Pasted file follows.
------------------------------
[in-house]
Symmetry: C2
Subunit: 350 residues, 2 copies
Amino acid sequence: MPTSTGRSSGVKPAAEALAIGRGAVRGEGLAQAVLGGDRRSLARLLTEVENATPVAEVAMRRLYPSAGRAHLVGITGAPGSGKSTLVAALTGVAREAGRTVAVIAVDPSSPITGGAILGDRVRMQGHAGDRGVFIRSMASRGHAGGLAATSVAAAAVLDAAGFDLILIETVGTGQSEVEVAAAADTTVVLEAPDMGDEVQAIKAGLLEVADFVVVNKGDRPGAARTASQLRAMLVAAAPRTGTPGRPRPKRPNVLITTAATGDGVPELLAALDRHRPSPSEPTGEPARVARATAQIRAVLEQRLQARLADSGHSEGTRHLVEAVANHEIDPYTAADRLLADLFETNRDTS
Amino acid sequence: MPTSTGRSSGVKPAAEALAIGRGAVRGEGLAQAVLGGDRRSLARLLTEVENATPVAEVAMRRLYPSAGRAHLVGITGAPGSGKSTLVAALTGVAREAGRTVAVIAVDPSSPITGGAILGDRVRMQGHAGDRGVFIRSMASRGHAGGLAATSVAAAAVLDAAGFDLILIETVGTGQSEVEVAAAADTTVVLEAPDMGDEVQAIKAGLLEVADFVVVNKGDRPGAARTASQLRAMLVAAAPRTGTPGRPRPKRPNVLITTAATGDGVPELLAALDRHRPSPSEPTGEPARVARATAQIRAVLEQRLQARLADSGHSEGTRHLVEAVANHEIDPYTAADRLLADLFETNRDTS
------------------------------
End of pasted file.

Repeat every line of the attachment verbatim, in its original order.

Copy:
[in-house]
Symmetry: C2
Subunit: 350 residues, 2 copies
Amino acid sequence: MPTSTGRSSGVKPAAEALAIGRGAVRGEGLAQAVLGGDRRSLARLLTEVENATPVAEVAMRRLYPSAGRAHLVGITGAPGSGKSTLVAALTGVAREAGRTVAVIAVDPSSPITGGAILGDRVRMQGHAGDRGVFIRSMASRGHAGGLAATSVAAAAVLDAAGFDLILIETVGTGQSEVEVAAAADTTVVLEAPDMGDEVQAIKAGLLEVADFVVVNKGDRPGAARTASQLRAMLVAAAPRTGTPGRPRPKRPNVLITTAATGDGVPELLAALDRHRPSPSEPTGEPARVARATAQIRAVLEQRLQARLADSGHSEGTRHLVEAVANHEIDPYTAADRLLADLFETNRDTS
Amino acid sequence: MPTSTGRSSGVKPAAEALAIGRGAVRGEGLAQAVLGGDRRSLARLLTEVENATPVAEVAMRRLYPSAGRAHLVGITGAPGSGKSTLVAALTGVAREAGRTVAVIAVDPSSPITGGAILGDRVRMQGHAGDRGVFIRSMASRGHAGGLAATSVAAAAVLDAAGFDLILIETVGTGQSEVEVAAAADTTVVLEAPDMGDEVQAIKAGLLEVADFVVVNKGDRPGAARTASQLRAMLVAAAPRTGTPGRPRPKRPNVLITTAATGDGVPELLAALDRHRPSPSEPTGEPARVARATAQIRAVLEQRLQARLADSGHSEGTRHLVEAVANHEIDPYTAADRLLADLFETNRDTS